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Cleveland cut the former Virginia standout in August, then he signed with the storied New York franchise.
New York Yankees Mark Reynolds doubles against the Baltimore Orioles on Sept. 10 in Baltimore. Curtis Granderson scored on the play, and New York won 7-5.
New York Yankees' Mark Reynolds reacts after striking out against the Chicago White Sox at Yankee Stadium on Sept. 3. The Yankees won 6-4.
Monday, September 23, 2013
Mark Reynolds began the season as a hot hitter for the Cleveland Indians.
Then came a long slump, followed by the chance to bounce back with a new team.
The former Virginia standout is now a regular with the New York Yankees.
“Coming back and playing well with the Yankees proves to myself that I can be resilient and get through anything,” Reynolds said Saturday in a phone interview.
Reynolds was released by the Indians on Aug. 12, but the first baseman/third baseman signed with the Yankees later in the week. He is now a teammate of Mariano Rivera, Derek Jeter and Alex Rodriguez.
“The coolest part was getting to play with guys like Jete and Mariano and A-Rod, all these guys I grew up watching,” said Reynolds, who belted his 20th homer of the season and the 201st of his career Sunday. “Being teammates with them is pretty cool.
“I get to witness Mo [Rivera] riding off into the sunset, and getting to hang around guys like Jete and A-Rod, just soaking in all their experience and all their knowledge.”
The Yankees are in the hunt for one of the American League’s two wild card berths. But after Sunday’s loss, they trail Cleveland for the second berth by four games with six games to go.
Reynolds helped the Baltimore Orioles make the playoffs last year, when he hit .221 with 23 homers and 69 RBIs. The Orioles did not want him back, so he signed a one-year deal with Cleveland.
Reynolds, 30, began his time in Cleveland on a promising note, hitting .301 with eight homers in April. But he hit just .218 with five homers in May; .187 with two homers in June; and .098 with no homers in July.
“It’s always hard when you slump as bad as I did,” said Reynolds, in his seventh major-league season. “If I was a younger player, it might have worn at me a little more, but I’ve been around awhile now. I know that every season has its ups and downs. I couldn’t get much lower than I was, but I knew things would eventually turn around.”
His playing time in Cleveland diminished, making it hard to keep his timing as a hitter. He got only 51 at-bats in July.
The Indians designated him for assignment on Aug. 8 and released him four days later.
Reynolds was unemployed for less than a week. He said the Orioles, Kansas City and Texas expressed interest in him, but he felt the Yankees provided the best chance to play consistently.
He said he knew his slump did not mean his career was nearing an end.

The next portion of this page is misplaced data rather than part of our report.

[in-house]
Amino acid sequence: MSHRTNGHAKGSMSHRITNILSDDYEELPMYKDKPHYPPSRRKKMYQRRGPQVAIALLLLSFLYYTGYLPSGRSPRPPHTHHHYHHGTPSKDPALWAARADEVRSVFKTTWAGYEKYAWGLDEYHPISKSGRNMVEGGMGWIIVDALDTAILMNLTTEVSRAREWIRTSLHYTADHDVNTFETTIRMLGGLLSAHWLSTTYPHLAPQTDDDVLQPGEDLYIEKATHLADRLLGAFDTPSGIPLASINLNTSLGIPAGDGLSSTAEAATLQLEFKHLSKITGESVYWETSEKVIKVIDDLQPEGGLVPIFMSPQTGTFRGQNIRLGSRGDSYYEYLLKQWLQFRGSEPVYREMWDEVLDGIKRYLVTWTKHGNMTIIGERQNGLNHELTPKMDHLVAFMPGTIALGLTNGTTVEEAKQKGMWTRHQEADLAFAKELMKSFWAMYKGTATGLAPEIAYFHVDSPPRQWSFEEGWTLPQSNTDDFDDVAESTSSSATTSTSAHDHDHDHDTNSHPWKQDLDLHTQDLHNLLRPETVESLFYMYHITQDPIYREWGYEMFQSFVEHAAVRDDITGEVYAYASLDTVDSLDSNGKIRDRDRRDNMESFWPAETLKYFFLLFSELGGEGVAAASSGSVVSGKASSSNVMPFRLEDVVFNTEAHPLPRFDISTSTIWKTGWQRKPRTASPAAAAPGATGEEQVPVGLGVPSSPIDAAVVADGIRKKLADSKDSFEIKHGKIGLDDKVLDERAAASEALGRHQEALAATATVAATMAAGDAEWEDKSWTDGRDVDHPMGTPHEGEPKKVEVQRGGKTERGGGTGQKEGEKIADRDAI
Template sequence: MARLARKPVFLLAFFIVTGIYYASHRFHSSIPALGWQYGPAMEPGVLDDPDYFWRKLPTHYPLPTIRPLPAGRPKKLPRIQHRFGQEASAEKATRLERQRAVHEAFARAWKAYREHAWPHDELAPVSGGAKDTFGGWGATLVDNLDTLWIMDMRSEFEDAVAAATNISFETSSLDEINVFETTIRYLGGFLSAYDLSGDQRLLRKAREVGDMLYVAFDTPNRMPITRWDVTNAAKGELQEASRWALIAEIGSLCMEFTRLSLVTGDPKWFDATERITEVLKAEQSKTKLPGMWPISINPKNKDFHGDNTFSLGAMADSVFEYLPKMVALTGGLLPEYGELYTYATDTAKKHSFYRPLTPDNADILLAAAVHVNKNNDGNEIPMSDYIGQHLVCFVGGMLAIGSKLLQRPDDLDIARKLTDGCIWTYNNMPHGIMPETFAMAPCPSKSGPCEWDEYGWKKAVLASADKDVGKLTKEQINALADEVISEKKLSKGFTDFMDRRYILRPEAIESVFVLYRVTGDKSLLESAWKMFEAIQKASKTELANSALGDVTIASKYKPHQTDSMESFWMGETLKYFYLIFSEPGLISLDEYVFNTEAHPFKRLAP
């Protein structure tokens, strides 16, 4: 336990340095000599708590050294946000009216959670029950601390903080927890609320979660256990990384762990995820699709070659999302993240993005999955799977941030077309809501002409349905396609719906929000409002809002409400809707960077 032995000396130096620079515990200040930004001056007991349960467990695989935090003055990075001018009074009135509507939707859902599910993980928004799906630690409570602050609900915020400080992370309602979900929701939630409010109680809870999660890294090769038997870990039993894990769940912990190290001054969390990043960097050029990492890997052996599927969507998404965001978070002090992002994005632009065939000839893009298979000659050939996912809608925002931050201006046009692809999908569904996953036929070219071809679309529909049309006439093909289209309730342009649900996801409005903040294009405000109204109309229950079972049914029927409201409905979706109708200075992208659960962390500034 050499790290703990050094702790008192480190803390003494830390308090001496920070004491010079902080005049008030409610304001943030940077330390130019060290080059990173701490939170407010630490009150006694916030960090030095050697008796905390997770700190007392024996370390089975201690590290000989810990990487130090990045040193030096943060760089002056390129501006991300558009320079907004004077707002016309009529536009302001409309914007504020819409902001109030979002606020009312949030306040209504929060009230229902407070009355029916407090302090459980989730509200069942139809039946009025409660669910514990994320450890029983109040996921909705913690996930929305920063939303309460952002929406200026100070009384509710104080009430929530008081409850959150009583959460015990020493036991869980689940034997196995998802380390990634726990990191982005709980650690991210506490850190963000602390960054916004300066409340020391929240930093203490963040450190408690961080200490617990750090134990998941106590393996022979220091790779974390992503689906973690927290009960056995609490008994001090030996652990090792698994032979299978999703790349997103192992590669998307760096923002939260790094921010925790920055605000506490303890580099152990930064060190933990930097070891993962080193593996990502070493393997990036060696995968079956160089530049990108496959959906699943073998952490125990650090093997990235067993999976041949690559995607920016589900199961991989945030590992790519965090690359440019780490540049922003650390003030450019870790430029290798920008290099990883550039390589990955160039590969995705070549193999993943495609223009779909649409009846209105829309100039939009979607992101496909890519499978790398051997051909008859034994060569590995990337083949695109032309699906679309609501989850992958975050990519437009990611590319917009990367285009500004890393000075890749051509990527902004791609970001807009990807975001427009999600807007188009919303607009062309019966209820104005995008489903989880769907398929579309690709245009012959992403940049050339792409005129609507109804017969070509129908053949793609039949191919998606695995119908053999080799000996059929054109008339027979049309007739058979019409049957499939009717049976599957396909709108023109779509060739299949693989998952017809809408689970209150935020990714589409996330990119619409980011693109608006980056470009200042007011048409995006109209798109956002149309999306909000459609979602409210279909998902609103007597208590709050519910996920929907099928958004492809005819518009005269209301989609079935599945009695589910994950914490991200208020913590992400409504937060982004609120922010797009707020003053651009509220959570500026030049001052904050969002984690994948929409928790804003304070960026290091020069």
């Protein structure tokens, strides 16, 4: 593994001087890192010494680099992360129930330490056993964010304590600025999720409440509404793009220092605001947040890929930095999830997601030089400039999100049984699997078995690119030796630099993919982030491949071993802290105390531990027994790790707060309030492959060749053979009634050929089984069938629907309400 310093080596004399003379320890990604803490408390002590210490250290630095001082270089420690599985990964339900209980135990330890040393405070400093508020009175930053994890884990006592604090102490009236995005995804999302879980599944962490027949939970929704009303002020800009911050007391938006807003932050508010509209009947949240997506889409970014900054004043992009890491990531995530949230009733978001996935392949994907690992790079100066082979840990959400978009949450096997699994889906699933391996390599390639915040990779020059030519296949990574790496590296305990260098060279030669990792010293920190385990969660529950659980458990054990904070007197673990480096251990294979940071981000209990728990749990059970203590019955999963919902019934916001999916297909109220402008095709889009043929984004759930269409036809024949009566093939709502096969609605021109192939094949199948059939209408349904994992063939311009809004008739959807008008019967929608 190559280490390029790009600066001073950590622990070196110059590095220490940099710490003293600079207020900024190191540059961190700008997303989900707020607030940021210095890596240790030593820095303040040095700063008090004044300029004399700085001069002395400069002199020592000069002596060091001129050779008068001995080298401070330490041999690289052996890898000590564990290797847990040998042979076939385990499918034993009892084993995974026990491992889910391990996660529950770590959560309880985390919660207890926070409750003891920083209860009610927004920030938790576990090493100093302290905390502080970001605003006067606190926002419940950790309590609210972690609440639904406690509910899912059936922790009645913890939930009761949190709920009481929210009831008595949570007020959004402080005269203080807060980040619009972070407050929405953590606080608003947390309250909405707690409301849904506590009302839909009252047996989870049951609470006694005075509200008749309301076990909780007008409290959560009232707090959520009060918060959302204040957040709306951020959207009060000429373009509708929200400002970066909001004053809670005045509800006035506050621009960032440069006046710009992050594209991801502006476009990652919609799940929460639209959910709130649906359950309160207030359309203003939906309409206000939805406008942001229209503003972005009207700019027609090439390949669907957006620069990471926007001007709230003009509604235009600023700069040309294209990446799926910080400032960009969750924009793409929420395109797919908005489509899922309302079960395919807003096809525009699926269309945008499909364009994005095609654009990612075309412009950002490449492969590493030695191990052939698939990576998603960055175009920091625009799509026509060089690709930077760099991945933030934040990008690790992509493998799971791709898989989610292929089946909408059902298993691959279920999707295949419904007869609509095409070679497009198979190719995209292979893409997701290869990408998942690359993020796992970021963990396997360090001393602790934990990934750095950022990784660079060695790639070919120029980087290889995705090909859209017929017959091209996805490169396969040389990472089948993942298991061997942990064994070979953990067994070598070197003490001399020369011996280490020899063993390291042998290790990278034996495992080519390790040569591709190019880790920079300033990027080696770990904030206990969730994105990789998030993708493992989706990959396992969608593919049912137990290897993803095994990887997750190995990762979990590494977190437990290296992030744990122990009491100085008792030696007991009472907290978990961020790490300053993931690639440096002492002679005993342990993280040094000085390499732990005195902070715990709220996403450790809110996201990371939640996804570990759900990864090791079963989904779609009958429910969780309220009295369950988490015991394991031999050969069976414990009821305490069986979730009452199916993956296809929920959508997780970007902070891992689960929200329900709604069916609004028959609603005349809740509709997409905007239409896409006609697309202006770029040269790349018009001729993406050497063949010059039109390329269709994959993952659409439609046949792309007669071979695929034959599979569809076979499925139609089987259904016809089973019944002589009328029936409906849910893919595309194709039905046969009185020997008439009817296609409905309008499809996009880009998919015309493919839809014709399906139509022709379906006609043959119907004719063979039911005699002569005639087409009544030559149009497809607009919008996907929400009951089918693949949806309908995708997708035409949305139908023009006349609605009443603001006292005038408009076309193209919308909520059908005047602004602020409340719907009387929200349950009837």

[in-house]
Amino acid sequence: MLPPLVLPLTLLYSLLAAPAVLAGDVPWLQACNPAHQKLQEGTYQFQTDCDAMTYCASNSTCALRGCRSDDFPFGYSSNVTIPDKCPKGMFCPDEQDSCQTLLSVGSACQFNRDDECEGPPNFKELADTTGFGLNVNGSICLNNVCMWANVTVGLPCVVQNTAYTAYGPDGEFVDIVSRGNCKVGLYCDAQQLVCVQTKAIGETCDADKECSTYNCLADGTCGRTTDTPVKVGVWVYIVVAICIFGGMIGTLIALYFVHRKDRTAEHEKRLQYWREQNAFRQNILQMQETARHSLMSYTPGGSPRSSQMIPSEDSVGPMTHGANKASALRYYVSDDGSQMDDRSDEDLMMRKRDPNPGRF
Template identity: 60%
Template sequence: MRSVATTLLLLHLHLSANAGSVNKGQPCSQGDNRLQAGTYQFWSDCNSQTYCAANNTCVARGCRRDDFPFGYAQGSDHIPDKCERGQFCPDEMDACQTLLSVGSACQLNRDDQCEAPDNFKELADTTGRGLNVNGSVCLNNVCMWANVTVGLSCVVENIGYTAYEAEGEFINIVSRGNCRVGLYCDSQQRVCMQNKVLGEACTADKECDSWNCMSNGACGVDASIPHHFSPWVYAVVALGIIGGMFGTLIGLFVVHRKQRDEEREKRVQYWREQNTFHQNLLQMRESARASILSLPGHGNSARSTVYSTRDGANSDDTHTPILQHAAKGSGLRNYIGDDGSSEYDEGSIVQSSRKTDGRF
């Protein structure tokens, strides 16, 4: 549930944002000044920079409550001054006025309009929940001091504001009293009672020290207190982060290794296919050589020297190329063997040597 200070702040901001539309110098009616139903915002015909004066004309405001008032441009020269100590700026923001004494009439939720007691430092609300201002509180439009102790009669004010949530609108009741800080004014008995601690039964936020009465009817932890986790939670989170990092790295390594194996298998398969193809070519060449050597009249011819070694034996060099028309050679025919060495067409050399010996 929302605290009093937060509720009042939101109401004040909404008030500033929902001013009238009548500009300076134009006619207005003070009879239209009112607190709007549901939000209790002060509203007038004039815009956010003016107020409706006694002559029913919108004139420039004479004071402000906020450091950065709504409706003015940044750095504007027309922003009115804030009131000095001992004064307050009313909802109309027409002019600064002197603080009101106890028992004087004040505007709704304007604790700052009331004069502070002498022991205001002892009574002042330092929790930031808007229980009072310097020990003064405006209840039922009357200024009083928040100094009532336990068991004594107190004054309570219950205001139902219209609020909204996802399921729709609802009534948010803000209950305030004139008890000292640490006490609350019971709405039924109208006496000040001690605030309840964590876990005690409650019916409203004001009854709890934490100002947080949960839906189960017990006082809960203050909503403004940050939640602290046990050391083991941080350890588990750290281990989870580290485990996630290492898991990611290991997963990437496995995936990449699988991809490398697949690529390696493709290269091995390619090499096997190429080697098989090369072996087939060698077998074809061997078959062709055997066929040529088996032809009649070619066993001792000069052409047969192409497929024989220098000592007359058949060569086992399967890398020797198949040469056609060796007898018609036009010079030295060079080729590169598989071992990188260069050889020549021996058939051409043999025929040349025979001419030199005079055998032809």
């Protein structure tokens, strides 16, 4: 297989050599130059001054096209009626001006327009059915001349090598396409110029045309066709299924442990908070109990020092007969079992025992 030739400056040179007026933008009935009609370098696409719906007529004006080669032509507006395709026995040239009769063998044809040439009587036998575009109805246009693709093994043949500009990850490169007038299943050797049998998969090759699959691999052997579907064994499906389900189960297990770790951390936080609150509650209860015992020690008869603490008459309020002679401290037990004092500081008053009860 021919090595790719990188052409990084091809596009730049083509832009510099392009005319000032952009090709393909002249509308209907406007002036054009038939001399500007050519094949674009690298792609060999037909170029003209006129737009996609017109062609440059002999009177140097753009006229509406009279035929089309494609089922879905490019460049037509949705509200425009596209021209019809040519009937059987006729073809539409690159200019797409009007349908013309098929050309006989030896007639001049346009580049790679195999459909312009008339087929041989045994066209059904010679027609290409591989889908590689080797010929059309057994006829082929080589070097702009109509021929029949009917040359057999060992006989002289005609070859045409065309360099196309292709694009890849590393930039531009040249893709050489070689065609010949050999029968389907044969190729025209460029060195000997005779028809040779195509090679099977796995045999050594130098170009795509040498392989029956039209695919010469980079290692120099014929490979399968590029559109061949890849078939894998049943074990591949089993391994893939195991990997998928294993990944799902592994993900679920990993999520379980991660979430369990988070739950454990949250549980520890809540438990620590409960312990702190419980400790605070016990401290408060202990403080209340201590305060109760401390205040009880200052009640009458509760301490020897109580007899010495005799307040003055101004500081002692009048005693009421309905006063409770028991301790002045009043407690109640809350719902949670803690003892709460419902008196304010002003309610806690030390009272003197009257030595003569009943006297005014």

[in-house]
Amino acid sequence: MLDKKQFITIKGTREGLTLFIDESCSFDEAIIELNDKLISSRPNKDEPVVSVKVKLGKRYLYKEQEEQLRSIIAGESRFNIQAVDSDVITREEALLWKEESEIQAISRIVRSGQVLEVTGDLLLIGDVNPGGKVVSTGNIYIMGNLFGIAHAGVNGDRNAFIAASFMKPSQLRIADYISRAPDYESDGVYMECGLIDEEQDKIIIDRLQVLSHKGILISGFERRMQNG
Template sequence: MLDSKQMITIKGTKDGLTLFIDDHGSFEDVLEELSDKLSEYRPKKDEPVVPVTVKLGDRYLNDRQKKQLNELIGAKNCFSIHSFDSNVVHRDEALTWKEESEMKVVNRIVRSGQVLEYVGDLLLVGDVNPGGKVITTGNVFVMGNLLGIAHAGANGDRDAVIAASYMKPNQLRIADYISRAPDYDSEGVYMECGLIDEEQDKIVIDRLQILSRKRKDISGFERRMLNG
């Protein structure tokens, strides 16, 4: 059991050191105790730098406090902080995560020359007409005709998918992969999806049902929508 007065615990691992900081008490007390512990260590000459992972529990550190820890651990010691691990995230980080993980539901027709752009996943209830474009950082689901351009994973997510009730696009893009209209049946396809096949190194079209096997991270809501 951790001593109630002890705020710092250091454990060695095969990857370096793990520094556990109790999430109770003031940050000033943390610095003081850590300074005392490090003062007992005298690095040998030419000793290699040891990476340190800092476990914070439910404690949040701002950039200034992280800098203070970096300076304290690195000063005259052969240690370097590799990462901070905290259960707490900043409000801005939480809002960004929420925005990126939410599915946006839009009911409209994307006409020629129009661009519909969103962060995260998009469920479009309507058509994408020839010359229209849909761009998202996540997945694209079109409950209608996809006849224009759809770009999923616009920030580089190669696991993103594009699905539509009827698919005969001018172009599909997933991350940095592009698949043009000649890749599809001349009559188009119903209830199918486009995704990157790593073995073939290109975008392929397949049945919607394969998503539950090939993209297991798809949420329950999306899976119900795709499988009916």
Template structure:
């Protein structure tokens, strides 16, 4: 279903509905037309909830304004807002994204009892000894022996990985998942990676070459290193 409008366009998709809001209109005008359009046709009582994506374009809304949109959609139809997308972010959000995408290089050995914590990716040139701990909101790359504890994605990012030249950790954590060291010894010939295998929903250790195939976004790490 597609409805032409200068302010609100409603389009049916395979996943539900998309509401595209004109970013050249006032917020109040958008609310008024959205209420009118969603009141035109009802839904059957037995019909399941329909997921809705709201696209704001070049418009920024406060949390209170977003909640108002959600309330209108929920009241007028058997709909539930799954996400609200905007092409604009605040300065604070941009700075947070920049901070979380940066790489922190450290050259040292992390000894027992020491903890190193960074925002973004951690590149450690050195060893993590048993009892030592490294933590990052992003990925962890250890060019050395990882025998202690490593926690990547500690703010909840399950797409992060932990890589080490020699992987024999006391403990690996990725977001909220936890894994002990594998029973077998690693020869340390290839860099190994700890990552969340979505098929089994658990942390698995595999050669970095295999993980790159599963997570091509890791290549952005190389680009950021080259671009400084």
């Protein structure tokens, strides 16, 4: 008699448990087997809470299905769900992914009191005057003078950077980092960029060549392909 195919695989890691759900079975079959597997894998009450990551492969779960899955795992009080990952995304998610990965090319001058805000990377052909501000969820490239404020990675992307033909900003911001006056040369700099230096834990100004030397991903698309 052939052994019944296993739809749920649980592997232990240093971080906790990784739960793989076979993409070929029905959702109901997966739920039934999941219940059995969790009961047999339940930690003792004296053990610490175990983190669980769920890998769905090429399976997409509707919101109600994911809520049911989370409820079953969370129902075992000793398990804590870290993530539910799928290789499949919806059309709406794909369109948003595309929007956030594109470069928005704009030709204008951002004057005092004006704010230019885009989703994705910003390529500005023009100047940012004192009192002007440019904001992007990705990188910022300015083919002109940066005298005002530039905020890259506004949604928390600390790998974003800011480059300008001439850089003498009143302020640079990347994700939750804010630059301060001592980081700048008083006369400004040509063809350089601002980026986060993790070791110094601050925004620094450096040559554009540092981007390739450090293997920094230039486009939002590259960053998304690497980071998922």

“The good thing about being at this level is every game’s on TV and you have so much video equipment,” he said. “You can analyze your swing and see different things you’re doing at different at-bats. And knowing that you didn’t get to the big leagues by luck, you got here because you can play, you know eventually if you get out there and keep grinding away and keep getting at-bats, things will eventually turn around.”
Reynolds homered in his first at-bat with the Yankees on Aug. 16. He hit .306 in August, including three games with the Indians and 13 with the Yankees.
“It’s getting opportunities consistently, making a few adjustments with our hitting coach and having the confidence of people around you,” he said. “It was kind of a timing thing. I was really late on some pitches. [It was a matter of] getting my foot down earlier and trying to recognize pitches a little earlier and just swinging at better pitches.”
He is hitting .237 with five homers and 17 RBIs in 30 games as a Yankee, including .189 with three homers this month.
Reynolds has enjoyed being around for Rivera’s final season. The retiring closer has been honored with gifts in pregame ceremonies at every ballpark the Yankees have visited this year.
“He’s a gentleman. That’s [the] perception and that’s the way he is in real life,” Reynolds said. “The amazing thing he’s done with one pitch [the cutter] his whole career, the hitter knows what’s coming and they still can’t hit it. It’s fun to play behind.
“It’s really neat watching all the gifts he’s getting and all the respect he’s gotten around the game from all the players.”
Rodriguez, on the other hand, has become one of baseball’s villains.
“The more hatred he gets from people, the better he plays,” Reynolds said. “It’s easy, when you see how hard he works and how much he wants to win, to kind of be on his side. He’s definitely a good guy to be around, full of knowledge.”
Reynolds will be a free agent at season’s end, but even if he doesn’t return to the Yankees, he will always remember his time with Rivera, Jeter, Rodriguez and company.
“I’m sure once I’m long gone from this game, I can look back on this time and tell some stories and be honored I played with all these guys,” he said.
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